Such a dummy-variable, name it SHOCK, would be rather similar to your “BREAK” variable, I guess. The coefficient on D_SHOCK would then pinpoint the short-run effect of the shock and the coefficient on SHOCK would represent the long-run impact of the macroeconomic shock (although SHOCK is I(0) and cannot be cointegrated with Y)? The bounds-test for cointegration would be an F-test on joint significance of the lagged Y and lagged X variables (not including SHOCK)?

Thank you very much again!

That's correct.

DeleteDear Prof. Dave, I have a model with one dummy variable (crisis). This dummy is set from 1997-1999 for crisis (1) and other years (0) for non-crisis. Then, when I run breakpoint unit root test in level, I got different break date for different variables. But when I run it in 1st difference, I got the same break date (1997) for different variables, all variables stationary in 1st difference. So, can I still put this dummy variable using 1997-1999 in the model? or only 1997 ? The problem is, if I put only 1997 as crisis year, the dummy has insignificant coefficient. Thank you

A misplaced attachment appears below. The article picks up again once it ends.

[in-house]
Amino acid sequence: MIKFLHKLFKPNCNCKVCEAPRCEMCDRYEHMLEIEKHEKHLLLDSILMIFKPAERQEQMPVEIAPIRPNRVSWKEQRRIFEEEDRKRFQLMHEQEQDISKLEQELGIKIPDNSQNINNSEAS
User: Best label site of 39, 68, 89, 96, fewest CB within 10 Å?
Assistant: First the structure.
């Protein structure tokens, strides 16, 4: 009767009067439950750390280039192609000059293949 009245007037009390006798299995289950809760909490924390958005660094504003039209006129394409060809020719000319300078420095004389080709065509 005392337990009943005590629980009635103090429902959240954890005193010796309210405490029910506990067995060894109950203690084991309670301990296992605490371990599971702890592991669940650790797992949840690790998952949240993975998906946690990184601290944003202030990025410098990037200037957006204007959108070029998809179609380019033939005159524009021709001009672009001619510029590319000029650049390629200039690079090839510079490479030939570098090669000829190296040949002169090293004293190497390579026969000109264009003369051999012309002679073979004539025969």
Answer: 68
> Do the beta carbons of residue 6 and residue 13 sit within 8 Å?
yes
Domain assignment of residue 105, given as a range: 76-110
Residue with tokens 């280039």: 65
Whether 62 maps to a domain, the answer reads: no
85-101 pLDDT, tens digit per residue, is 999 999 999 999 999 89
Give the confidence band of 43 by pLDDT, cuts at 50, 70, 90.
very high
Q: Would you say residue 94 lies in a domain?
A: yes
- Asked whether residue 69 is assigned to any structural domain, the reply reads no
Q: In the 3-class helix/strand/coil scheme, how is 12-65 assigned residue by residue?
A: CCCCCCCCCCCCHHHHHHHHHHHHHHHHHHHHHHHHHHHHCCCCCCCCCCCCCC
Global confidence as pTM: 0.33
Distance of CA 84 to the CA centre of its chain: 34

DeleteIf you have the dummy set to for just one period, that's equivalent to just omitting that observation from the model (see my "Dummies for Dummies" post). I haven't seen your model or data, but I would suggest you leave the dummy set for 1997-1999.

DeleteDear Prof.,

DeleteReferring to the last sentence of the January 18, 2015 question, that says 'The bounds-test for cointegration would be an F-test on joint significance of the lagged Y and lagged X variables (not including SHOCK)?', how can we do it in EViews?

Thank you

Select coefficient tests, Wald test.

DeleteAnother excellent post! Thanks for all the information.